A corset is a garment worn to hold and shape the torso into a desired shape for aesthetic or medical purposes (either for the duration of wearing this item, or with a more lasting effect). Both men and women are known to wear corsets, though women are more common wearers.
In recent years, the term “corset” has also been borrowed by the fashion industry to refer to tops which, to varying degrees, mimic the look of traditional corsets without actually acting as one. While these modern corsets and corset tops often feature lacing or boning and generally mimic a historical style of corsets, they have very little if any effect on the shape of the wearer’s body. Genuine corsets are usually made by a corsetmaker and should be fitted to the individual wearer.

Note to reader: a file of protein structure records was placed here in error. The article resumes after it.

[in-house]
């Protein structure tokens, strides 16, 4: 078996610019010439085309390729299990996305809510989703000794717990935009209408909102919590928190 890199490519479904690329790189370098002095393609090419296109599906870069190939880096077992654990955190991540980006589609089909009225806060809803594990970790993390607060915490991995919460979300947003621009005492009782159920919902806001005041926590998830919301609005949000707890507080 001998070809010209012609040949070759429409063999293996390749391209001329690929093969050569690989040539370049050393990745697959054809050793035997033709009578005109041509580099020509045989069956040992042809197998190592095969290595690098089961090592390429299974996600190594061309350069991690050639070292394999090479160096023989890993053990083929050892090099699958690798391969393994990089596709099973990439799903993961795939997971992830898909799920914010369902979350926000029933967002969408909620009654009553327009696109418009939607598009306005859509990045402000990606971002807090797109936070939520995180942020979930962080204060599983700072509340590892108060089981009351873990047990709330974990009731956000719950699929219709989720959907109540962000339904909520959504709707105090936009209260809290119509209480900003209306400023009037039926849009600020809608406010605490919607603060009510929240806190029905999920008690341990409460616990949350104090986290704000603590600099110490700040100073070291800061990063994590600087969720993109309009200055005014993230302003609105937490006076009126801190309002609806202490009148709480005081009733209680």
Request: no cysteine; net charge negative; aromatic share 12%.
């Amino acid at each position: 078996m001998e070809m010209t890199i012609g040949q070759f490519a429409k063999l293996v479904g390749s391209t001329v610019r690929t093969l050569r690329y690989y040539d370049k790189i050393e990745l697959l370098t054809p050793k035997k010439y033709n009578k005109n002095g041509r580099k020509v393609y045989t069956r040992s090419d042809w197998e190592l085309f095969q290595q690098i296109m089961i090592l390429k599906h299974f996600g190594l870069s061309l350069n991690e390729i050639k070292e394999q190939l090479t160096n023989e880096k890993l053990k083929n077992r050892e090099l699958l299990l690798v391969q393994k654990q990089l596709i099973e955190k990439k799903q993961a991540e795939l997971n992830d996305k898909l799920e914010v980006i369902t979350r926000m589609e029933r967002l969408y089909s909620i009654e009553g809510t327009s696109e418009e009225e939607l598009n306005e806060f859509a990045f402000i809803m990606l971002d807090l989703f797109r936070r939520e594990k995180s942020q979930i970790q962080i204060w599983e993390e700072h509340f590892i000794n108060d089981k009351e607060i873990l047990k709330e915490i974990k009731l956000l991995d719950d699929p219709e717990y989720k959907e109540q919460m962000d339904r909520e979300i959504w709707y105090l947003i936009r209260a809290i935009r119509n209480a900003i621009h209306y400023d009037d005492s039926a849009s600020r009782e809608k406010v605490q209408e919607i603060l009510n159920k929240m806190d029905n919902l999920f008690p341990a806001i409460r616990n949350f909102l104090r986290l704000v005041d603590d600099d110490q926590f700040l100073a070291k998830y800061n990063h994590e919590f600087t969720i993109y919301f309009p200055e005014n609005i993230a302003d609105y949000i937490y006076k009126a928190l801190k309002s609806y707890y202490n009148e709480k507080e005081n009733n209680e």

The word corset is derived from the Old French word corps and the diminutive of body, which itself derives from corpus—Latin for body. The craft of corset construction is known as corsetry, as is the general wearing of them. (The word corsetry is sometimes also used as a collective plural form of corset.) Someone who makes corsets is a corsetier or corsetière (French terms for a man and for a woman, respectively), or sometimes simply a corsetmaker.
The word corset came into general use in the English language in 1828. The word was used in The Ladies Magazine to describe a “quilted waistcoat” called un corset by the French. The word was used to differentiate the lighter corset from the heavier stays of the period.
Stages of Tight Lacing: